He always looked and spoke like an artist, and executed an almost non-stop flow of self-portraits on canvas that were as revelatory and inquisitive (about himself) as any of those by Rembrandt or Velázquez. He even resembled the latter, with his untidy hair, bloodhound face and straggly beard, and, like all great self-portrait artists, could never be accused of narcissism. His most cited influences were Giotto and Magritte. He had no interest in landscape.

He was born into an Irish Catholic family, the son of Alice (nee McShane) and Patrick Byrne. Or so he thought. It transpired in 2002, thanks to a well-informed cousin, that his biological father was in fact his mother’s father, Patrick, his own grandfather. He insisted that his mother really did “love” her father, and regularly walked eight miles from the family home on the Ferguslie Park housing estate in Paisley, Renfrewshire, to see him. Later in life, though, his mother suffered from mental health problems.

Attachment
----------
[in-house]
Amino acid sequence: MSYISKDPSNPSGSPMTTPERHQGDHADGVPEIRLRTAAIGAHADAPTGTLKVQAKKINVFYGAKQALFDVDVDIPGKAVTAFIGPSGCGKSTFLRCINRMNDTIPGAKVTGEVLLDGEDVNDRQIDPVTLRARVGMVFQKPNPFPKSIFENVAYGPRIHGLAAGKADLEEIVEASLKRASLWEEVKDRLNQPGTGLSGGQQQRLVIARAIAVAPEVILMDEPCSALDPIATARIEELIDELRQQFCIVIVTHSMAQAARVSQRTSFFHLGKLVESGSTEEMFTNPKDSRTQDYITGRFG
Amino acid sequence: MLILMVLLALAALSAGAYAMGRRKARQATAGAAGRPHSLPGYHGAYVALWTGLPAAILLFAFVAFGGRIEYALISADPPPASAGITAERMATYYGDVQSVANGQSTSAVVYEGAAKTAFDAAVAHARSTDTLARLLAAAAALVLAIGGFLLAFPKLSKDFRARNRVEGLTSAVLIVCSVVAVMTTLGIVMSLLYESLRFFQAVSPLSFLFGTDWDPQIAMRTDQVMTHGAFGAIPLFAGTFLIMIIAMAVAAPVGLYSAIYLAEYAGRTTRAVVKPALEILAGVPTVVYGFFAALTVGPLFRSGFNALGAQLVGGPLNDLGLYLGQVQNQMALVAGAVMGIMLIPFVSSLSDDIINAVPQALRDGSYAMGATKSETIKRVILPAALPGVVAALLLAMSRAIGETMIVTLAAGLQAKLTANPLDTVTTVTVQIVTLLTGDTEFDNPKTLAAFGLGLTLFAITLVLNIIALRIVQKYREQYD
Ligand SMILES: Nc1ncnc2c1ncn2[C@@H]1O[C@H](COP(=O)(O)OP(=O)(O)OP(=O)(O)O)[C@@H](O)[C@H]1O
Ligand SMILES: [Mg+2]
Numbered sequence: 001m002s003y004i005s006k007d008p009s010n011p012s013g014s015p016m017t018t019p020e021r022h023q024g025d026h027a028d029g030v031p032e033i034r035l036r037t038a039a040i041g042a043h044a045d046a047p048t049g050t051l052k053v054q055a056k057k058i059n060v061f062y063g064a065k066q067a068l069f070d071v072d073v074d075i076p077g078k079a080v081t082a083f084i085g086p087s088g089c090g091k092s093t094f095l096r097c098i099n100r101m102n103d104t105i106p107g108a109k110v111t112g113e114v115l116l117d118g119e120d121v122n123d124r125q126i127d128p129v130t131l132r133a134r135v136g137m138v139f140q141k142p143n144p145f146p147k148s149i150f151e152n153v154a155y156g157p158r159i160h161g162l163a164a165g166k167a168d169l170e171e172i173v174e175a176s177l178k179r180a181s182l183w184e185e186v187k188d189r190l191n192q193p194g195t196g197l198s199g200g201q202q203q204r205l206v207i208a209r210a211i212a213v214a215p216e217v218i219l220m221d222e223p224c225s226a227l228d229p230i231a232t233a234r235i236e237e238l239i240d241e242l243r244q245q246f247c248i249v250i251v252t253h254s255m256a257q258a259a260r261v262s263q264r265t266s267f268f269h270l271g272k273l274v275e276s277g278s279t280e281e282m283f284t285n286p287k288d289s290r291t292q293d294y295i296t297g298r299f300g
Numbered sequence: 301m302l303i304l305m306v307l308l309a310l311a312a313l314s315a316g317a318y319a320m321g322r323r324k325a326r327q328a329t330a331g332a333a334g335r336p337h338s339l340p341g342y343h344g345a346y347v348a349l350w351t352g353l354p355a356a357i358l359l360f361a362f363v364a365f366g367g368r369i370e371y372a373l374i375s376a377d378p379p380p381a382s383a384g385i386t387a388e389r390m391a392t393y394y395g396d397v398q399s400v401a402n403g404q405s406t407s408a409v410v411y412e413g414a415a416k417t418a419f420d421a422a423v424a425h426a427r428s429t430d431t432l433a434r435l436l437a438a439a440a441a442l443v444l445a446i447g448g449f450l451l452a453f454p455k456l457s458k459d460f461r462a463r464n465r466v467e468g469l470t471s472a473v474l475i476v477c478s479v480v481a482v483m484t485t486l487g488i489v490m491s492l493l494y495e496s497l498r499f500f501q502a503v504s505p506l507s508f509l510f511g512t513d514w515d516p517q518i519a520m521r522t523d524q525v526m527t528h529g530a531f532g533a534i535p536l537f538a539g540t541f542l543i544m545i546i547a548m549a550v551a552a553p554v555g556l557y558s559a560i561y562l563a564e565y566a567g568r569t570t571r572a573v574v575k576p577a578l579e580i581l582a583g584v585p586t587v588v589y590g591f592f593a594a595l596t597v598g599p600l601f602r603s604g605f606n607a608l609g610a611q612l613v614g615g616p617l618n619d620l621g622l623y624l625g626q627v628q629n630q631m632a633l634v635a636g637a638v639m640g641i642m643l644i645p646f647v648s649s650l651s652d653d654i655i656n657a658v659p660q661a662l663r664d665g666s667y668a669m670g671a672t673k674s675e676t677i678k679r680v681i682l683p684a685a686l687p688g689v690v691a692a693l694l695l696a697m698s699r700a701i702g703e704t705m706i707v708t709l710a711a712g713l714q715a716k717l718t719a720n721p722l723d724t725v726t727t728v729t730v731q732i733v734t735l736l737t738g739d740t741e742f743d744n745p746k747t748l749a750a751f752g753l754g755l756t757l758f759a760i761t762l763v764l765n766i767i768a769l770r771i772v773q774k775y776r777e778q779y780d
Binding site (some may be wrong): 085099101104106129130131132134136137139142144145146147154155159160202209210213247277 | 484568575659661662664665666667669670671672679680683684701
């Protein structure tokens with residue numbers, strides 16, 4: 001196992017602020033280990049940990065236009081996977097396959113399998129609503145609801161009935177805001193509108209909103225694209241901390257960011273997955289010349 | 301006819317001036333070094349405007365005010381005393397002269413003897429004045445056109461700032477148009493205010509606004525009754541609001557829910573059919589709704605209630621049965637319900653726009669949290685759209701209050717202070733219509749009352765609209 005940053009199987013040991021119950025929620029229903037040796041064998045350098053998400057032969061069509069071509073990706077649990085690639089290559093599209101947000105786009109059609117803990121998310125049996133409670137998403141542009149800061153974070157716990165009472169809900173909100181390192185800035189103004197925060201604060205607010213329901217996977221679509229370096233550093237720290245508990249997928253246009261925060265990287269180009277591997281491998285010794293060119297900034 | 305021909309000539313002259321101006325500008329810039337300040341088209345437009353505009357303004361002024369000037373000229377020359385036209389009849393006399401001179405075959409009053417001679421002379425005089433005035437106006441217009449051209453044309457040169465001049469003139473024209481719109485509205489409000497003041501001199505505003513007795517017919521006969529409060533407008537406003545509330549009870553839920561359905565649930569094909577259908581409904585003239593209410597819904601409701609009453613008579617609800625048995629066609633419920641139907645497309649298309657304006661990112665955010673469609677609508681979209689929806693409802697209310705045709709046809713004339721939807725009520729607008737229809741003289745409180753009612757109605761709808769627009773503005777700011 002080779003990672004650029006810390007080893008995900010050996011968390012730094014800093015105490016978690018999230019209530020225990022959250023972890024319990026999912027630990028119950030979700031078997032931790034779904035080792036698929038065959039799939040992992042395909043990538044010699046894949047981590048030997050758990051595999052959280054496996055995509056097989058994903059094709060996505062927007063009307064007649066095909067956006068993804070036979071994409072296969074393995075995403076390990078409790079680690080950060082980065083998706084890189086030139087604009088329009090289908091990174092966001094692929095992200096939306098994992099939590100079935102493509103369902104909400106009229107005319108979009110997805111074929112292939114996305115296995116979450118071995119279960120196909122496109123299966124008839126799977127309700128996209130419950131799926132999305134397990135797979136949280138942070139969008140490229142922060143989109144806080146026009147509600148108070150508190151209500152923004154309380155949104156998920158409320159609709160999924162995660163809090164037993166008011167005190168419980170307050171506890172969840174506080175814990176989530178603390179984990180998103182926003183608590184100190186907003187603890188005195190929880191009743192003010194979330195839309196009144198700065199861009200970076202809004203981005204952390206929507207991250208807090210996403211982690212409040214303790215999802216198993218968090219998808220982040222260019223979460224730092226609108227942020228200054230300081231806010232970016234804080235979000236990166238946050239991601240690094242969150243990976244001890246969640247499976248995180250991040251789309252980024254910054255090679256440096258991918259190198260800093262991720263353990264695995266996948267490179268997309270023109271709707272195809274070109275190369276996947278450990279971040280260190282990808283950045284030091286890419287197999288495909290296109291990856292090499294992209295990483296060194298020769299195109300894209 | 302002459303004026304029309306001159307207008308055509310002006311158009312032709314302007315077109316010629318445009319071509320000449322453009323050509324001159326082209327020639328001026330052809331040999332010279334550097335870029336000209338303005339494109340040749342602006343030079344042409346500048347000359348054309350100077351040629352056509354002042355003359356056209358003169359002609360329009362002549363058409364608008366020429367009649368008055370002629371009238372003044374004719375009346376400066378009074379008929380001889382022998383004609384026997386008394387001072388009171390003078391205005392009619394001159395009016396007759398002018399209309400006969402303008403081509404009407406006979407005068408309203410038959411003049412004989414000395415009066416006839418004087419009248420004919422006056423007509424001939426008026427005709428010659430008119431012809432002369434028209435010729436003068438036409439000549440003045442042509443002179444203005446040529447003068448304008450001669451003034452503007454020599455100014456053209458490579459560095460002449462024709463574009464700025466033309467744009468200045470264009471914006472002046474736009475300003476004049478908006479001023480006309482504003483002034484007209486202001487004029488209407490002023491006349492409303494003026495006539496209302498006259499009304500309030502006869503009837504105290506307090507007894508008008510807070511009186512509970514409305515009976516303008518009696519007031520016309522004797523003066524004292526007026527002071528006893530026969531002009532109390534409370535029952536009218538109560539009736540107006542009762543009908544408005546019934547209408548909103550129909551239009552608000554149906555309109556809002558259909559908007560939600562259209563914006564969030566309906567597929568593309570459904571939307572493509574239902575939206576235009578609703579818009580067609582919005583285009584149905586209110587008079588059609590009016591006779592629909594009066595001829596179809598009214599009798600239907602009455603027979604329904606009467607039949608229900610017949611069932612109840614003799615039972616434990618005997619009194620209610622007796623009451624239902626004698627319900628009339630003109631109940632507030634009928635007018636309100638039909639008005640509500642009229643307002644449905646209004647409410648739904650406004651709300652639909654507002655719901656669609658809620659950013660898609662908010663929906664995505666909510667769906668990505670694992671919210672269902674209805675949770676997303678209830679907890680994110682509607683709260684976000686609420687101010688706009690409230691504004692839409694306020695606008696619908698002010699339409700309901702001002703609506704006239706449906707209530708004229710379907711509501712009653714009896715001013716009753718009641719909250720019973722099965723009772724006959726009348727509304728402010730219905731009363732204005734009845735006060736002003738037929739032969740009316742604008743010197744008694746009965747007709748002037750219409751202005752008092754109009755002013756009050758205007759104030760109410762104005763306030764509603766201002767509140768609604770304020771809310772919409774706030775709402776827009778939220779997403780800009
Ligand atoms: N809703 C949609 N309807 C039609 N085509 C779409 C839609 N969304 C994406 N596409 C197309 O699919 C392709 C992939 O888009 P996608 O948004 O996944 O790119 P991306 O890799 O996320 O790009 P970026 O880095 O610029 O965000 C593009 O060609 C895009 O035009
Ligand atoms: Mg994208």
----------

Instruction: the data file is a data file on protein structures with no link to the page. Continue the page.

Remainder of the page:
Byrne was educated at St Mirin’s academy, Paisley, and, after serving an apprenticeship in the colour-mixing room of a Paisley carpet factory in the mid-1950s, went to the Glasgow School of Art, graduating in 1963. He won a travel scholarship to Perugia, Italy, worked in a Scottish television graphics department and returned to the carpet factory as a designer.

His reputation continued to grow, and he was the first living artist to exhibit in the new Third Eye Centre in Sauchiehall Street, Glasgow, in 1975. His show was not a success, and he did not exhibit again for another 16 years. He had discovered the theatre.